Vienna Institute of Demography (Ed.)


Vienna Yearbook of Population Research 2018

Broadening demographic horizons

ISSN 1728-4414
Print Edition
ISSN 1728-5305
Online Edition
ISBN 978-3-7001-8364-8
Print Edition
ISBN 978-3-7001-8436-2
Online Edition
Vienna Yearbook of Population Research 2018 
2018, ONLINE FIRST 
Open access


Introduction

Broadening Demographic Horizons: Demographic Studies Beyond Age and Gender
Alexia Prskawetz, Warren Sanderson, Sergei Scherbov

Demographic Debate

Are there principles of demography? A search for unifying (and hegemonic) Themes
William P. Butz

Can Taylor's law of fluctuation scaling and its relatives help select more plausible multi-regional population forecasts?
Joel E. Cohen, Helge Brunborg, Meng Xu

Probabilistic demographic forecasts
Nico Keilman

Education and demography: a review of world population and human capital in the 21st century
Philip Rees

Research Articles

Population dynamics and human capital in Muslim countries
Mohammad Jalal Abbasi-Shavazi, Gavin W. Jones

Survival inequalities and redistribution in the Italian pension system
Graziella Caselli, Rosa Maria Lipsi

Does education matter? – economic dependency ratios by education
Alexia Prskawetz, Bernhard Hammer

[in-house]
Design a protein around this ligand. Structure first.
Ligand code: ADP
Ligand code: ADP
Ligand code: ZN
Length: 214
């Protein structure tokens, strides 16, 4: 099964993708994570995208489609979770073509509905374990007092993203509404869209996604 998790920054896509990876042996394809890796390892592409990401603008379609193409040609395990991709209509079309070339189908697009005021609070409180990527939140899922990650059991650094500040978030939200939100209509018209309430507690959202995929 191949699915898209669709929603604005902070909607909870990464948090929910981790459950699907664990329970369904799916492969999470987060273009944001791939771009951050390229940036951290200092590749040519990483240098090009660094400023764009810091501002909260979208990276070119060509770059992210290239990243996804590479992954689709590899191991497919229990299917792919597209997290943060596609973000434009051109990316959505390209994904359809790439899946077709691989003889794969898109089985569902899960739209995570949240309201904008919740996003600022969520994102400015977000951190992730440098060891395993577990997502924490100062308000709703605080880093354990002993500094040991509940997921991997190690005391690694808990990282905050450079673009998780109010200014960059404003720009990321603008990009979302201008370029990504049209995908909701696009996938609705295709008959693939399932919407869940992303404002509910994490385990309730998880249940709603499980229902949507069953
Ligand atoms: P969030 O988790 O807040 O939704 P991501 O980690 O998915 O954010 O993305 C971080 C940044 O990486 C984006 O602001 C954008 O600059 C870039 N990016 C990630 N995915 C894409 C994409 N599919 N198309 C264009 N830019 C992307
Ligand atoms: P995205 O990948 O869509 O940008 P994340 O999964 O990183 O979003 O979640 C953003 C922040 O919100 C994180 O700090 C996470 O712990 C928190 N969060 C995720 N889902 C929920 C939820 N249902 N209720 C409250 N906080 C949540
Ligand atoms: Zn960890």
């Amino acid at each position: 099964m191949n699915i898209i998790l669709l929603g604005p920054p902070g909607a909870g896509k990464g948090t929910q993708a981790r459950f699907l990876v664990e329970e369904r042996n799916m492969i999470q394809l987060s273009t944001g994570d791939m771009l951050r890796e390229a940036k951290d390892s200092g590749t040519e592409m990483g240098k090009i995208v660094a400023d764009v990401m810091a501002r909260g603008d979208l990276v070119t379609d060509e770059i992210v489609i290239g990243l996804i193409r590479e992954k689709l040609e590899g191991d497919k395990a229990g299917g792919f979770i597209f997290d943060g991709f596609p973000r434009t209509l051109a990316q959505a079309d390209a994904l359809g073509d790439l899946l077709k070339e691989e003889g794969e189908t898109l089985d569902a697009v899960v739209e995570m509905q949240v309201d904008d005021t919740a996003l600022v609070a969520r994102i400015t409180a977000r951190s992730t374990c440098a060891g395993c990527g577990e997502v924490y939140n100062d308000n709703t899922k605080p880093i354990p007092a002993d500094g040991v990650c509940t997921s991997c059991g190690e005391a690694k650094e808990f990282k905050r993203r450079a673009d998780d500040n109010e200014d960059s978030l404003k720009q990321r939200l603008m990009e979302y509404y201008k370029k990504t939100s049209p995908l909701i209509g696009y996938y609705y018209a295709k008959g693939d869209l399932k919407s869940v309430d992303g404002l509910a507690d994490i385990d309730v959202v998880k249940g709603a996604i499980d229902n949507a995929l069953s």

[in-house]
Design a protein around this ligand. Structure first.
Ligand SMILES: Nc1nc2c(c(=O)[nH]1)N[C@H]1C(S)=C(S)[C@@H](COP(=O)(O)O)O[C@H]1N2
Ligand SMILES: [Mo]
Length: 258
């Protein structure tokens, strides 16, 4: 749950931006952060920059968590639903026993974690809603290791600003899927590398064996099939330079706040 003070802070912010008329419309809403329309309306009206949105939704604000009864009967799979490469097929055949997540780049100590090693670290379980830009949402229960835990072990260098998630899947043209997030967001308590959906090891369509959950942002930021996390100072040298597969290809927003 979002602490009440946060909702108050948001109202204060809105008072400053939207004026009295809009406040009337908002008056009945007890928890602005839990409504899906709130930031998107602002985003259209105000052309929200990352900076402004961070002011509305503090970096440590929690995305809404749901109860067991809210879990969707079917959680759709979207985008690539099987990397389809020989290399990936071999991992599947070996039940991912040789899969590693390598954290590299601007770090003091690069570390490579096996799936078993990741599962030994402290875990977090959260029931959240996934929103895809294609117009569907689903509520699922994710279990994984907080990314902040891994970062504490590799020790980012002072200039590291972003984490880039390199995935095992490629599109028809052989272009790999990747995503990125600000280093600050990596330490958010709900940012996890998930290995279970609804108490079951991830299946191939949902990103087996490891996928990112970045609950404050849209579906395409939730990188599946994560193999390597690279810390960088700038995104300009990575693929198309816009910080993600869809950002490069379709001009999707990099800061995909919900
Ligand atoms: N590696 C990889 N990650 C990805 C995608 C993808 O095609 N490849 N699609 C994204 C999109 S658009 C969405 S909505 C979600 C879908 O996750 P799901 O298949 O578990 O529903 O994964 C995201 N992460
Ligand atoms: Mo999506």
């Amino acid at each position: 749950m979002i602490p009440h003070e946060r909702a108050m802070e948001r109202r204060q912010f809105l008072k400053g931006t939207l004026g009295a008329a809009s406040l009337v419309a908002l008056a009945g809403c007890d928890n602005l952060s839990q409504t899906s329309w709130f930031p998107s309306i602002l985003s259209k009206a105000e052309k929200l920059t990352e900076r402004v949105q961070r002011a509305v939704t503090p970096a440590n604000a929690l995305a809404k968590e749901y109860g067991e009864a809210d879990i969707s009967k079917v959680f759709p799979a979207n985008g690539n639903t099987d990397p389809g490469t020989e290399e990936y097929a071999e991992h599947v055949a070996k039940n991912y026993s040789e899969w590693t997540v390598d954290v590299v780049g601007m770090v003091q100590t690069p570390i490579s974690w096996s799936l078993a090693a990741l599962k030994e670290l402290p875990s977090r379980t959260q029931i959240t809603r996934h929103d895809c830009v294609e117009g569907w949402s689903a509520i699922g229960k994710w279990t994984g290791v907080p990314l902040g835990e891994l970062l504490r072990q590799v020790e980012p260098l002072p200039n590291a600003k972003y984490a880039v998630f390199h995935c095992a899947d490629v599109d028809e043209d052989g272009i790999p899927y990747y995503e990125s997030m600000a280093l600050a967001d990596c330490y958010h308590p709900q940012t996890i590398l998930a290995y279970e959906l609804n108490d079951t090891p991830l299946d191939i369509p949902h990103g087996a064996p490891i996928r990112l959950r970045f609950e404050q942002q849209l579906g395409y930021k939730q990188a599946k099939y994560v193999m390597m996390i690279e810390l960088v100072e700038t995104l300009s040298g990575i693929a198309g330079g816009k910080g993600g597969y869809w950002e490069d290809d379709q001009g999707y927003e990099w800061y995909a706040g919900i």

Multistate projections of Australia’s Indigenous population: interacting area group and identification status change
James Raymer, Yanlin Shi, James O'Donnell, Nicholas Biddle

The end of population ageing in the more developed world
Warren Sanderson, Sergei Scherbov, Patrick Gerland

From intentions to births: paths of realization in a multi-dimensional life course
Maria Rita Testa, Francesco Rampazzo

Towards causal forecasting of international migration
Frans Willekens

Data and Trends

Summary on demographic and human capital scenarios for the 21st century, 2018 assessment for 201 countries
Nicholas Gailey, Wolfgang Lutz

"Express transitioning" as a special case of the demographic transition
Marc Luy, Bernhard Köppen

Verlag der Österreichischen Akademie der Wissenschaften
Austrian Academy of Sciences Press
A-1011 Wien, Dr. Ignaz Seipel-Platz 2
Tel. +43-1-515 81/DW 3402-3406, Fax +43-1-515 81/DW 3400
https://verlag.oeaw.ac.at, e-mail: verlag@oeaw.ac.at

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Vienna Yearbook of Population Research 2018
ISSN 1728-4414
Print Edition
ISSN 1728-5305
Online Edition
ISBN 978-3-7001-8364-8
Print Edition
ISBN 978-3-7001-8436-2
Online Edition



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Vienna Institute of Demography (Ed.)


Vienna Yearbook of Population Research 2018

Broadening demographic horizons

ISSN 1728-4414
Print Edition
ISSN 1728-5305
Online Edition
ISBN 978-3-7001-8364-8
Print Edition
ISBN 978-3-7001-8436-2
Online Edition
Vienna Yearbook of Population Research 2018 
2018, ONLINE FIRST 
Open access

Frans Willekens
PDF Icon  Towards causal forecasting of international migration ()
Abstract: